Since the Lebanon War, public discussion of anti-Semitism and its relationship to anti-Zionism has been a permanent fixture. The Study Circle on World Jewry in the Home of the President of Israel was one of the more important colloquiums to consider the subject. In the 1984/1985 series, the topics of discussion included “Anti-Semitism Today: Myth and Reality” and “Anti-Zionism as an Expression of Anti-Semitism in Recent Years.” Scholars of anti-Semitism and Israeli diplomats took part in both discussions. The main questions explored were the interaction between Israel’s measures and the world’s attitude to her, as well as the connection between anti-Zionism and anti-Semitism. Leftist political scientist Ze’ev Sternhell called on participants not to exaggerate either the severity of anti-Semitism or the identification of anti-Semitism—which he saw as an attempt “to destroy Western civilization and the basic components of Western culture”—with anti-Zionism, which “is primarily a political phenomenon linked … with the war in the Middle East.” He did note that his visit to Europe during the Lebanon War had been traumatic, in view of anti-Semitic manifestations, but he protested against Begin’s excessive depiction of Arafat as Hitler. He did not attach much importance to the portrayal of Zionism as Nazism, ascribing the maneuver to irrational and insignificant fringe elements. On the other hand, he linked the New Left’s delegitimization of the right of Jews to their own state with Israel’s delegitimization of the PLO. While the forum leaned towards President Herzog’s diagnosis that anti-Zionism was a polite form of anti-Semitism, a distinction between the two was nevertheless maintained. Participants noted that anti-Semitic ideas and symbols had leached into anti-Zionism but they were cautious not to bracket the two together. Politically, they were on the whole either center or left. There was apparently no salient representation of Israel’s right; nor of religious Zionism. It may be assumed that, had such representatives attended the discussions, the forum’s positions would likely have been more polarized.
In 1985 a first survey polled Israeli Jews on their perceptions of anti-Semitism. Another, eight years later in 1993, checked whether attitudes to this and related topics had changed. Most of the Israelis questioned in the first sample had no personal experience of anti-Semitism. Nevertheless, a majority of those polled believed anti-Semitism to be widespread. A vestige of the period when Israelis believed anti-Semitism did not apply to them can be seen in the 1985 opinions about the causes of anti-Semitism: 41 percent attributed it to the minority status of diaspora Jewry; 22 percent cited the traits of non-Jews; and 36 percent gave precedence to Jewish traits or conduct. The relatively large last category indicates that Jews and notably Israelis had internalized some of the anti-Semitic stereotypes.
The study also found firm and positive Jewish identification among both youth and adults, although it was stronger among adults and it rose with age. Among adults, Jewish and Israeli identity overlapped. As a rule, the survey highlighted the suspicious attitude of religious and tradition-oriented Israelis to the non-Jewish world, as opposed to a more relaxed approach on the part of non-religious Jews. The second, 1993, survey showed an increase in the number of respondents who said that they had never encountered anti-Semitism (from 57 percent in 1985 to 62 percent in 1993). At the same time, nearly 75 percent of respondents took an interest in the subject. The majority believed that anti-Semitism derived from social, political and economic conditions in non-Jewish society (71 percent). But prominence was also accorded to ideologies dehumanizing Jews (67 percent). Minority life appeared in third place (64 percent), the traits of non-Jews were in fifth place (58 percent) and Jewish traits and conduct were in sixth place. As in 1985, so in 1993 most respondents believed anti-Israel and anti-Zionist manifestations to be anti-Semitic (57 percent). However, whereas in 1985, about a quarter of the respondents believed that such manifestations were on no account an expression of anti-Semitism, in 1993, only 14 percent thought so. In other words, over the years, the trend of the Israeli public to identify anti-Zionism with anti-Semitism grew stronger. Nor was there any significant difference on this question between the religious and the non-religious. The same attitude also relates to the conviction of Israelis that their government’s policy is the less influential factor in arousing anti-Semitism. Considering that in 1993 the peace process was at its height and yet noxious anti-Israel propaganda continued, the growing association between anti-Zionism and anti-Semitism in Israeli consciousness is little cause for wonder.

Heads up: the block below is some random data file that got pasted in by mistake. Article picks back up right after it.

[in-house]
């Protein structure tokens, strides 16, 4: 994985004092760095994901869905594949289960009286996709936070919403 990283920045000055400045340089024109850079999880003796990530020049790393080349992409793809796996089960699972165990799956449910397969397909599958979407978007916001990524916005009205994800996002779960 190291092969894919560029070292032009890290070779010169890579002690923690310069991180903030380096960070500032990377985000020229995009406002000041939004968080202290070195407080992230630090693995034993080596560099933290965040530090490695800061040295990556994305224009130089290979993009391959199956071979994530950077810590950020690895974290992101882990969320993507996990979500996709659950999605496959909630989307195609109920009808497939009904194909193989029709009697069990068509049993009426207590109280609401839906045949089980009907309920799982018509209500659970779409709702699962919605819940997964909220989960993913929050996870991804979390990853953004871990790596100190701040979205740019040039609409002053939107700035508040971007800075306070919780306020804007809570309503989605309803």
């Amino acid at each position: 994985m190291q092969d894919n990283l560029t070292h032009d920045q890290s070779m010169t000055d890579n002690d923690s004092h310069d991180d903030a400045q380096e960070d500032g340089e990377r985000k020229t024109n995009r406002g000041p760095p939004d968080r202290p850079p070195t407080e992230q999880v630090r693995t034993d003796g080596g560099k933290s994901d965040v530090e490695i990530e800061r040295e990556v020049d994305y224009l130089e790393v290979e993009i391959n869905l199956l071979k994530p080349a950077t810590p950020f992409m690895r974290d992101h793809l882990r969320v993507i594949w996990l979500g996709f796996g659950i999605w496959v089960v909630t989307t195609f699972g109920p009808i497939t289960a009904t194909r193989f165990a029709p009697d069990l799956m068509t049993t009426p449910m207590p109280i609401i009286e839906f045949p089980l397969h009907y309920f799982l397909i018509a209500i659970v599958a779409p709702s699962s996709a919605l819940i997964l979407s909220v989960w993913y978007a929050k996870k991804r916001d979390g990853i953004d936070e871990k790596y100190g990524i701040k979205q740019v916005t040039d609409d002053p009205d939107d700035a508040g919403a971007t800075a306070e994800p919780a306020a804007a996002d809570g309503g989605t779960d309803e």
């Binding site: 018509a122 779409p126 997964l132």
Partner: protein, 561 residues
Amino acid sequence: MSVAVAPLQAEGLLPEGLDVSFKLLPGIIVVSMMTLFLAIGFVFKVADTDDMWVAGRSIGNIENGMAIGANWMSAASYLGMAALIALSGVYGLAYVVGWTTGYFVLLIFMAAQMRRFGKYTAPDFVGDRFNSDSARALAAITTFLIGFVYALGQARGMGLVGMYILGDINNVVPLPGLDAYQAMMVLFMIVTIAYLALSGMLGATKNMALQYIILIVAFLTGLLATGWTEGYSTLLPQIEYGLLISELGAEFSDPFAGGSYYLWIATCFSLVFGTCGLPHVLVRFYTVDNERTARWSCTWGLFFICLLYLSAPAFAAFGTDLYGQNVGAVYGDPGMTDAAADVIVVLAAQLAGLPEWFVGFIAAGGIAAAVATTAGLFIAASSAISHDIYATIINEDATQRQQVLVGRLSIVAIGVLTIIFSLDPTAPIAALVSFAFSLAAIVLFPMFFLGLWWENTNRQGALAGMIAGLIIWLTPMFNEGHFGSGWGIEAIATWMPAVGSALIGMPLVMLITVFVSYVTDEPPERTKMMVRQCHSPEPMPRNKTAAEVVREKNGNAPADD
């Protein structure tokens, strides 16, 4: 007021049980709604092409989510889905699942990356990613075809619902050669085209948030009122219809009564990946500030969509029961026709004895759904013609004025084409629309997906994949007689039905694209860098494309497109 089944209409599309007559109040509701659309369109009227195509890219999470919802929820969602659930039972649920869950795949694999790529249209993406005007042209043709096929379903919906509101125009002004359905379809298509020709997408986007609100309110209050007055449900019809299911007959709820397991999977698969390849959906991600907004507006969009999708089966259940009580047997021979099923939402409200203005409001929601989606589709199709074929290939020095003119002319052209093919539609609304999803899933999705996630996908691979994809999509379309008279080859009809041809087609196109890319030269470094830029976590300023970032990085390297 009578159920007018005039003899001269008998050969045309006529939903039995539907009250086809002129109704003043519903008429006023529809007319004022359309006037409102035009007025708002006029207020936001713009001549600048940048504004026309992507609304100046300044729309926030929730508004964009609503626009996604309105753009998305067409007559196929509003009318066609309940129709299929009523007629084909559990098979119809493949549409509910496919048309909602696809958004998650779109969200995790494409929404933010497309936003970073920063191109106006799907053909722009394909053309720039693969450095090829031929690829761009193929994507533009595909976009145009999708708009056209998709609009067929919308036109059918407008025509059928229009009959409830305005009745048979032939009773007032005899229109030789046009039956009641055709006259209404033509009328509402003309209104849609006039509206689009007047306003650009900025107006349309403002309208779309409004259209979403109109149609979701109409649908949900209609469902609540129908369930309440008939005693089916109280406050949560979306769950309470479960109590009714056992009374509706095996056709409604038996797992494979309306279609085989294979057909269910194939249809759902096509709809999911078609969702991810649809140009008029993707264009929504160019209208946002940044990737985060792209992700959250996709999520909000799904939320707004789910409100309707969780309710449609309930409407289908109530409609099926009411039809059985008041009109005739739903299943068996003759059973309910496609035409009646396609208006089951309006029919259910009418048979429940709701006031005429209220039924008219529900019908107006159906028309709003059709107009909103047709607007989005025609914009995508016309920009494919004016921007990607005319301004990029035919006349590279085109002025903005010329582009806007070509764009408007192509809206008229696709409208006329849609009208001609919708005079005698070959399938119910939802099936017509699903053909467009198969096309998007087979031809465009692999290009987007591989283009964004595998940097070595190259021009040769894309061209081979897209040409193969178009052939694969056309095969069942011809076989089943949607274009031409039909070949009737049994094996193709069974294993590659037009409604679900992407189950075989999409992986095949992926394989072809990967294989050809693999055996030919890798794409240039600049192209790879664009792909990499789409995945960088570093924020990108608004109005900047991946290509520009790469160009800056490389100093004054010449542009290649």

Some years later, in 1995, the (socialist-leaning) Kibbutz Teachers Seminar initiated and published a study on the attitudes towards anti-Semitism and racism of two target groups: student teachers from the secular and religious sectors. This study presented a highly polarized picture of the two groups. Thus, for example, when asked what kind of Israeli behavior might help stop anti-Semitism, secular students cited “humane behavior” in first place, encompassing such elements as striving to reach a peace settlement, fostering good relations with many states; better information; liberalism and a respect for human dignity; changing our attitude to Arabs; opening the country’s gates to anyone who wished to enter. In second place, they cited “active behavior,” which included being a strong country, helping Jews who so desired to immigrate to Israel; demonstrating military strength. The religious respondents, in contrast, gave precedence to “active behavior” and, lagging far behind in second place, to “humane behavior.” While both sectors believed anti-Semitism posed a considerable danger, the religious group attached greater importance to it. Most respondents thought it was directed primarily at diaspora Jewry, especially those easily identified as Jews. On the other hand, they also associated anti-Zionism with anti-Semitism; that is, they saw themselves too as endangered by anti-Semitism. The researchers remarked on the particularistic perspective of the young, especially the religious, on the question of racism—they identified anti-Semitism as racism, but were quick to ascribe to it specifically Jewish components, making no allowances for racism’s universal aspects. The researchers recommended more intensive education towards universal love of humanity and against racist attitudes to Arabs. The study sheds light on the left’s concern about the erosion of humanist sensitivities in religious education as a result of an overemphasis on anti-Semitism.